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    From Abdüsselam to Masoud Barzani

    Güven Sak, PhD24 September 2017 - Okunma Sayısı: 2356

    American writers in Turkey infamously get their ideas from our taxi drivers, so I make a point of returning the favor when I am in the States. Usually, you say the name of your country and the taxi driver tells you what that name resonates with at the moment in the capitol. This time, learning that I am from Turkey, the driver asked me right away: “What do you think about the vote?” Without waiting for an answer, he blurted out a second one “why is Israel supporting the Kurdish referendum?” This truly is still the political center of the world.

    First of all, I was relieved not to be questioned about President Erdoğan’s rising authoritarianism. Nothing about the state of emergency or jailed journalists, thank you very much. This time, what was new about Turkey wasn’t something pertaining to itself, but its attitude towards something just beyond its borders, namely the September 25th independence referendum of the Kurdistan Regional Government (KRG) in Iraq. This was refreshing, and much easier to talk about than all the Turkey stuff.

    Now that the Turkish parliament is getting ready for an emergency session on Saturday, it might be useful to go over the basics once more. This session, right after National Security Council and Council of Ministers meetings is telling. Turkey is preparing to get a parliamentary approval for Turkish boots on the ground. It’s not at all clear that such permission would be put into use, but it wants to get ready and send a certain signal.

    Why is all this happening? The American invasion of Iraq and the Syrian civil war at our doorstep taught one thing to us Turks. The erosion of government authority in neighboring countries is something to be avoided at all costs.  The 3 million Syrian refugees trying to make ends meet remind us of this lesson dearly learned. The Kurdish independence referendum put forward by President Barzani is certain to destabilize Iraq further. The question of timing is more important than the content at this time.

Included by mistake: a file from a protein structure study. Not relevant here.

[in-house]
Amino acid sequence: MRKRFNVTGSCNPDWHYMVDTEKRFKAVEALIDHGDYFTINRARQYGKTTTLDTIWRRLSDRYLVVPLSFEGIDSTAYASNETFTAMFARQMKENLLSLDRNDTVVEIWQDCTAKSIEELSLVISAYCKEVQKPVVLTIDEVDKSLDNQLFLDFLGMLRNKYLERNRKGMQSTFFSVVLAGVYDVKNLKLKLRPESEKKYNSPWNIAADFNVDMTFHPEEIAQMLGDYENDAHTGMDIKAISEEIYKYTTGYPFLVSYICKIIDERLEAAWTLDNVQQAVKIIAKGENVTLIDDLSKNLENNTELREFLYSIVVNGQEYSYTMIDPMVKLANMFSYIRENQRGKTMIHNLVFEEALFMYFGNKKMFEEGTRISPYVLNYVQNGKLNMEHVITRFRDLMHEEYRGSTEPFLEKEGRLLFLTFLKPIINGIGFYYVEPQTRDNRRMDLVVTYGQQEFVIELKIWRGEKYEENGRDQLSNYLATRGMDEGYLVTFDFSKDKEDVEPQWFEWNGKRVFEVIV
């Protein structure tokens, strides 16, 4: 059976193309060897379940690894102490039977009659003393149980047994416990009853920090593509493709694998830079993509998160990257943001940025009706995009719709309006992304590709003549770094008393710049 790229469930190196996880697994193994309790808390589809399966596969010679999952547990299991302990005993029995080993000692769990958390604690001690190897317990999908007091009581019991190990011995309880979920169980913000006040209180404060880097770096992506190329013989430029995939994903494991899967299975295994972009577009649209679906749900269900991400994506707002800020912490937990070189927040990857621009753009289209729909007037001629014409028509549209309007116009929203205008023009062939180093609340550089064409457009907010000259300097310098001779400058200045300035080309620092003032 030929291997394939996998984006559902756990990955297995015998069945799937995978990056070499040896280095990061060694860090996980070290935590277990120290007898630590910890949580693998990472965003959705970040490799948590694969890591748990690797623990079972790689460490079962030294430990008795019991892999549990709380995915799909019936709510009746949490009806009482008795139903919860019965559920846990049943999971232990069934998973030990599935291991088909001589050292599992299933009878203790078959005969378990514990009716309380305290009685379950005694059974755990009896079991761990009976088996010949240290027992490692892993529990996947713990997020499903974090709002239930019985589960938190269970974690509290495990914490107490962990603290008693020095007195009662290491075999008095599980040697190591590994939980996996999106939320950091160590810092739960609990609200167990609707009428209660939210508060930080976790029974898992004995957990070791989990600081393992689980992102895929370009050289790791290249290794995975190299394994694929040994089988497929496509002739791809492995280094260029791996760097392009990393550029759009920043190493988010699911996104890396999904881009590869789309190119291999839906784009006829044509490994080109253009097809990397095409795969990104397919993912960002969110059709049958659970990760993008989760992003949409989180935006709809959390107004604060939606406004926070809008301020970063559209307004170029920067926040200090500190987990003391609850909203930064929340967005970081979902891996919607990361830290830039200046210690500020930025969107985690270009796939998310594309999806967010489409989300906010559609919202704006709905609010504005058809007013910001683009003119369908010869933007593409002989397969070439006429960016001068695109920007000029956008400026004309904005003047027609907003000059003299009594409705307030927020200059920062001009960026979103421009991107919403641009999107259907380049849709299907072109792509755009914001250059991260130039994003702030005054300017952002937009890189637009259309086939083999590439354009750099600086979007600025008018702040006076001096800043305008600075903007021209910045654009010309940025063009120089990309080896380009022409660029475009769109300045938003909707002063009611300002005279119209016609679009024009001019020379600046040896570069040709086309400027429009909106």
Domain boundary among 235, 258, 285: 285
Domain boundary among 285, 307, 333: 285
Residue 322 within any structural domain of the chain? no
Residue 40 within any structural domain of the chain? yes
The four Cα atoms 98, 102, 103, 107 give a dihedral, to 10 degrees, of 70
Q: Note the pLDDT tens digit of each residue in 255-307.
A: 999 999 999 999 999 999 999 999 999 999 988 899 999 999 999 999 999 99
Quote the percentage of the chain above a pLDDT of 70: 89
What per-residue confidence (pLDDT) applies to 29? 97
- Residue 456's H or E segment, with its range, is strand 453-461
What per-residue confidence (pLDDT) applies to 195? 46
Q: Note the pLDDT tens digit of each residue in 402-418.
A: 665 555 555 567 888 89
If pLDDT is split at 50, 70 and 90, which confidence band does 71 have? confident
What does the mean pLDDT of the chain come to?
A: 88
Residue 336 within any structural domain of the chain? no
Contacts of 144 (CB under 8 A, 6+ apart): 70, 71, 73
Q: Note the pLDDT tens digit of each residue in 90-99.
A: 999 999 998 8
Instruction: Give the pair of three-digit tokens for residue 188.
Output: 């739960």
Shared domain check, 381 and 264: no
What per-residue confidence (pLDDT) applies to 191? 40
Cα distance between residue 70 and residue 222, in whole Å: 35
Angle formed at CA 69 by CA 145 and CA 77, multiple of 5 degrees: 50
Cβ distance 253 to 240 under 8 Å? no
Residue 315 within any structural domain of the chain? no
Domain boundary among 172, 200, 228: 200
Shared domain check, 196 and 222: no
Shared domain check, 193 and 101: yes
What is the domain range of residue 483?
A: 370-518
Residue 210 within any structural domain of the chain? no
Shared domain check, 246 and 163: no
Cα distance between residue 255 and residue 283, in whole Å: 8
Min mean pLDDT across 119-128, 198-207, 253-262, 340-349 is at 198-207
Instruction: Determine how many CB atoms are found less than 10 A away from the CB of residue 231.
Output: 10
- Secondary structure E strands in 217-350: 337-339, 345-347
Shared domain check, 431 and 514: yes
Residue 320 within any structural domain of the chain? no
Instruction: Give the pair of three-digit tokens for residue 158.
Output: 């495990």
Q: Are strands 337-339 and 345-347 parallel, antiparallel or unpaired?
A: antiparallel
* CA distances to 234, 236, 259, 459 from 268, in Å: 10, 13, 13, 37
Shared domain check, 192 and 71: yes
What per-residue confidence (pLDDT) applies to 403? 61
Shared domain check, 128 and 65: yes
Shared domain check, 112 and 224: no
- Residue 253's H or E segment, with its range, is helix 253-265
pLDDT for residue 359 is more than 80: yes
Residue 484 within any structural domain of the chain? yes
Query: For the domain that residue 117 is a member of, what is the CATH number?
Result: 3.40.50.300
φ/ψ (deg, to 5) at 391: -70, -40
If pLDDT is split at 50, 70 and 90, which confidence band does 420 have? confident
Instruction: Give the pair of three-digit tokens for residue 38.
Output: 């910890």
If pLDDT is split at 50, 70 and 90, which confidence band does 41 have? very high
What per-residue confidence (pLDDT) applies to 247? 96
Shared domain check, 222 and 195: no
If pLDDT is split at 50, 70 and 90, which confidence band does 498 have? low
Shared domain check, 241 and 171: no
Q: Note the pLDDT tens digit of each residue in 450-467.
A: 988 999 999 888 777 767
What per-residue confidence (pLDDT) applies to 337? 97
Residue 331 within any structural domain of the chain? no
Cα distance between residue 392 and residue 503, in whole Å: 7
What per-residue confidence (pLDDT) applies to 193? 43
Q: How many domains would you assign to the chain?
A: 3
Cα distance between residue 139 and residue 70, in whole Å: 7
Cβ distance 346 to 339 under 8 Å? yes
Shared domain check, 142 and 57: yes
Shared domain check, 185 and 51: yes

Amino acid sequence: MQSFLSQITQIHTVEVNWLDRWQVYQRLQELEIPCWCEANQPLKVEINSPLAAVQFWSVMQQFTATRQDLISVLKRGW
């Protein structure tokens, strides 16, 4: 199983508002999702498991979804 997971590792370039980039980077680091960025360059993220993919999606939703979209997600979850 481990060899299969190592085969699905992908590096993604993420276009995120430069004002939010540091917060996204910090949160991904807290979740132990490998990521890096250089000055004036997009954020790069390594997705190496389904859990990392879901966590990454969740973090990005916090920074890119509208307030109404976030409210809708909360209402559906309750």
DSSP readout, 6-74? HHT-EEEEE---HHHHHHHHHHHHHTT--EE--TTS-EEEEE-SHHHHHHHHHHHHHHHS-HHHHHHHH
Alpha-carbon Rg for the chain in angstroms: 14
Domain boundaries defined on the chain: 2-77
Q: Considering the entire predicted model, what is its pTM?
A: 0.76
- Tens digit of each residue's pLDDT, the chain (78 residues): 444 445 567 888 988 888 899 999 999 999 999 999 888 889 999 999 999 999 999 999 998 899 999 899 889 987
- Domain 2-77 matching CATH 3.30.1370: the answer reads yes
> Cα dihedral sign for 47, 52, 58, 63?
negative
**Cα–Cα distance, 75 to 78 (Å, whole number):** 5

A little history is useful here: In 1907, Sheik Abdüsselam Barzani put together a collection of Kurdish tribes under the name of Barzani. He was Masoud’s uncle according to İsmail Beşikçi, a prominent writer on the Kurdish issue. That initial group put together 7 major demands that are now called the Dohuk document. Nothing in that document was related to independence.

    The first demand was about Kurdish becoming the official language of the region, and the second about Kurdish becoming the language of education. The third asked the Ottoman government to appoint Kurdish or Kurdish speaking officials to the region. The fourth demanded justice for Kurds. The fifth was a request for the government to take into account that Kurds are of the Shafi school of Islamic jurisprudence, not Hanafi, like the majority of Turks. The sixth asked taxes to be levied on Kurds to follow Islamic principles. The seventh asked for those taxes to be spent towards the needs of Kurdistan, starting with roads.

    The reaction from Istanbul was harsh. The government suppressed Abdüsselam’s movement and put up a reward for those who would help to catch him. Abdüsselam duly fled to Iran to hide in the house of Sofi Abdullah, a fellow Kurd. Learning about the reward however, Sofi Abdullah gave his friend up to Ottoman Officials in 1914. Then there was a show trial in Mousul and Abdüsselam Barzani was executed. The Ottoman Commander who oversaw the trial and execution was Süleyman Nazif, another fellow Kurd.  The story of these three Kurds only shows the complexity of the issue. It may seem like we were bound to end up with our current predicaments, but we weren’t. The Syrian civil war, the end of the reconciliation process in Turkey, and other turning points got us here.

    The Middle East needs neither ethnic nationalism nor sectarianism. It needs pluralistic governance, which is about coming out of trenches not digging deeper trenches. This Kurdish vote only deepens our current problems.

    Let me go back to taxi driver’s question. Why is Israel supporting the Kurdish vote?  Especially in this era of “the enemy of your enemy may also be your enemy.” I’m not exactly sure, but it sounds like they know what they’re doing.

    This commentary was published in Hürriyet Daily News on 23.09.2017